No more a male domain

By Gul Nasreen
Tue, 02, 20

Tea has always been an integral part of our culture. Earlier Karachiites used to go to Irani, Marwari and Pathans’ tea dhabas....

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Tea has always been an integral part of our culture. Earlier Karachiites used to go to Irani, Marwari and Pathans’ tea dhabas. But these road side tea shops catered only to male lot as it was not considered safe for women to go to such male-dominated dhabas. However, with changing lifestyle one has also witnessed a new tea tradition - modern chai dhabas where one could go with one’s family in a safe and cheerful environment. Unlike the old dhabas, modern tea cafes are set up in large commercial spaces or vacant spaces of the service road providing space for chairs, tables and carpets allowing visitors to socialise in outdoor settings.

At these cafes staff is generally educated and polite. What’s more interesting is that now women have also started their own start-up. One such enterprising woman is Samina Fatima who has recently opened her place, ‘Cup of Cha’ in one of the commercial areas of Karachi. In a candid interview with You! Samina shares some of her experiences and talks about her venture...

You! What made you interested in food business?

Samina Fatima: Cooking is my passion. I have always wanted to have my own space.

You! Who suggested the name ‘Cup of Cha’?

SF: My business partner and I wanted to come up with a catchy name and we agreed to this after much deliberation. Typically, it is a chai cafe, with some of our unique nuances.

You! What makes this place different from the rest?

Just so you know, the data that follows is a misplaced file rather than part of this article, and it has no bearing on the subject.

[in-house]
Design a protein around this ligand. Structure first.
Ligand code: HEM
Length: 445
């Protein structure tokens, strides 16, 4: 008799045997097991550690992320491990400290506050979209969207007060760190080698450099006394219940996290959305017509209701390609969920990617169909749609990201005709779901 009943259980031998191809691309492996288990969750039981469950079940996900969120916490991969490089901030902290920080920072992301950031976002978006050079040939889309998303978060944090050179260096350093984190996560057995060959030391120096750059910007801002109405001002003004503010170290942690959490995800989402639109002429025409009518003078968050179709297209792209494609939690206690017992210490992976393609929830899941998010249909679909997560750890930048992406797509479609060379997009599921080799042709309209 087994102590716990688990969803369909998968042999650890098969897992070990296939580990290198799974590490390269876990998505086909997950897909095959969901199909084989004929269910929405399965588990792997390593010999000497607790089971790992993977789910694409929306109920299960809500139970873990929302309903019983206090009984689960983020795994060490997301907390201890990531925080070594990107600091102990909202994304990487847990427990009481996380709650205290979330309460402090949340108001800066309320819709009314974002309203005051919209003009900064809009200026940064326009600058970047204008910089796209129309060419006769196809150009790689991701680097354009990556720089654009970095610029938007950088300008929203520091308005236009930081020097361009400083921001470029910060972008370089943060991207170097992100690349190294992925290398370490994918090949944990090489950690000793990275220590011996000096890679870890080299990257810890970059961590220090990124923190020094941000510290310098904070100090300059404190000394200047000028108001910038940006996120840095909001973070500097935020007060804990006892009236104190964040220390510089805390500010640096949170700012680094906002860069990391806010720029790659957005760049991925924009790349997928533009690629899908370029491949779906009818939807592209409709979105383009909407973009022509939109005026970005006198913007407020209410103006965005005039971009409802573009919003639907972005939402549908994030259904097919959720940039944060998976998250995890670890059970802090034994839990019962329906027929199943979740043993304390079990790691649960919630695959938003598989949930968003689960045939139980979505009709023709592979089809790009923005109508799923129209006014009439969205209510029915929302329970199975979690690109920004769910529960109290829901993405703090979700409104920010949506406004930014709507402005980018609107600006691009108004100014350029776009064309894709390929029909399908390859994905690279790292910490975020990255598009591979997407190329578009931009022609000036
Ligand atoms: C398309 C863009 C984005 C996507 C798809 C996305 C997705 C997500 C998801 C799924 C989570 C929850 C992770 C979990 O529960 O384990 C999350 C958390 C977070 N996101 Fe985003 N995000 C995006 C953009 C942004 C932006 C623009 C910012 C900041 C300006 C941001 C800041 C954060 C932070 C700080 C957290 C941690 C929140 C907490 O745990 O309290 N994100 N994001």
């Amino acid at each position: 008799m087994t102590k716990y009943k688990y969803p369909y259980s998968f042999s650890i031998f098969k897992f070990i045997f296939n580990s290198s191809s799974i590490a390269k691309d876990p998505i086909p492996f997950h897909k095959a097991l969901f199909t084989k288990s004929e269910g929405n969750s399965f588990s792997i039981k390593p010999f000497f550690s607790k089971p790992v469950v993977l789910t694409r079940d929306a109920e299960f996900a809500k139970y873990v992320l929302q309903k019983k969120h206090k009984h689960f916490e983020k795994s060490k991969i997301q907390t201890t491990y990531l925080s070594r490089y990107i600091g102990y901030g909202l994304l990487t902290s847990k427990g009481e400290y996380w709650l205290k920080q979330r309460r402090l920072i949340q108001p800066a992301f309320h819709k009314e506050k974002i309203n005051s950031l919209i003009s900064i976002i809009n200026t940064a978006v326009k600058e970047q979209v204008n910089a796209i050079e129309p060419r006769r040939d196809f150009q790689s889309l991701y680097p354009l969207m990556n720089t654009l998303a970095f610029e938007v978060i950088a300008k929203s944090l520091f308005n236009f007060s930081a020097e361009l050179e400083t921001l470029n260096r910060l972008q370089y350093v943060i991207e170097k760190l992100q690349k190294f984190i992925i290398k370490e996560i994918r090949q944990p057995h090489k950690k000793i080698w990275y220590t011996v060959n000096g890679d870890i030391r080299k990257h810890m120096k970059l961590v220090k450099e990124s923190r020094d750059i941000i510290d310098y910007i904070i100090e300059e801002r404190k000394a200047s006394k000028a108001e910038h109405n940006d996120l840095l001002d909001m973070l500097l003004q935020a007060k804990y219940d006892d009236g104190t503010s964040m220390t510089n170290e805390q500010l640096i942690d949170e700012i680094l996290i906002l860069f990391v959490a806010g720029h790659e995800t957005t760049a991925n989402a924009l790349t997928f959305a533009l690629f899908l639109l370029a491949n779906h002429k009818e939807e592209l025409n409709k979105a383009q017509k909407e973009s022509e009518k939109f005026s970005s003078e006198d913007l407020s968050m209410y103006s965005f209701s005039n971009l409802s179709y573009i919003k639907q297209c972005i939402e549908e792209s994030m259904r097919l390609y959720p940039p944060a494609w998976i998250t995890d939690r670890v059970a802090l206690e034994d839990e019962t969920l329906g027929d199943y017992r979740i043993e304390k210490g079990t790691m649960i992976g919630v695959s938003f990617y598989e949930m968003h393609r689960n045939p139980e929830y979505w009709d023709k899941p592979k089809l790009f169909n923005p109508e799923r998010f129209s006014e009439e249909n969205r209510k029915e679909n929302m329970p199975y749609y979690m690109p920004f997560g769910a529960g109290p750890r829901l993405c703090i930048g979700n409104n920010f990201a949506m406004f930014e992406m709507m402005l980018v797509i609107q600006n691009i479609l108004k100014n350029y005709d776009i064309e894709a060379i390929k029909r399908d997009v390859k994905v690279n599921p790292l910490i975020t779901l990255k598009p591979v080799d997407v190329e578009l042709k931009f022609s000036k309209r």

SF: Since the place is run by a woman, it attracts more girls and women. We offer a much safer and family-friendly environment. We don’t compromise of quality of food and service.

You! How has been the response?

SF: The response has been great. We have seating capacity of up to 100 people and on weekends it’s usually jam-packed.

You! What are the challenges, in your eyes, are being faced by working women in Pakistan?

SF: For me, safety is an issue especially for women who work in restaurants, shops and factories. They are more vulnerable than women working in offices. Secondly, a working woman has to endure certain kind of family pressures too.

You! Did you face any difficulties while setting up this eatery?

SF: For a woman it’s not easy to set up her own thing. Searching for a perfect location was challenging then dealing with vendors was quite a task.

You! What is your food philosophy?

SF: We believe in serving fresh, hygienic and healthy food to our clients who are almost from all the strata of society.

You! We have heard that you are an exceptionally good cook. Have you done any professional courses?

SF: You have heard it correct. I am mostly a self-taught cook, and in more recent times, YouTube videos are a great help too. We have a team of people, who cook under my supervision.

You! What type of cuisine you offer at your restaurant?

SF: For now, we are centred around desi, Pakistani cuisine only. However our hot selling items include barbecue, rolls and a variety of parathas along with hot tea.

You! What’s the key to attract people to a new eatery, in your view?

SF: If you offer a nice ambiance with quality food people will come to your place.

You! What do you like most about your job?

SF: The fact that I am a boss here. In my previous jobs I had to do what I was supposed to do. It feels great to work independently.

You! How do you keep balance between family life and work?

SF: My family is very supportive and I have grown up children so it’s quite manageable.

You! What is the most important advice you can give to women?

SF: Better to work for yourself rather than work for some one else.

You! How do you unwind?

SF: I watch movies on my laptop. I spend time with my children, especially long drives. I also cook, just for fun.

You! What are the future plans?

SF: I do have plans to convert ‘Cup Of Cha’ into a restaurant. But let’s see!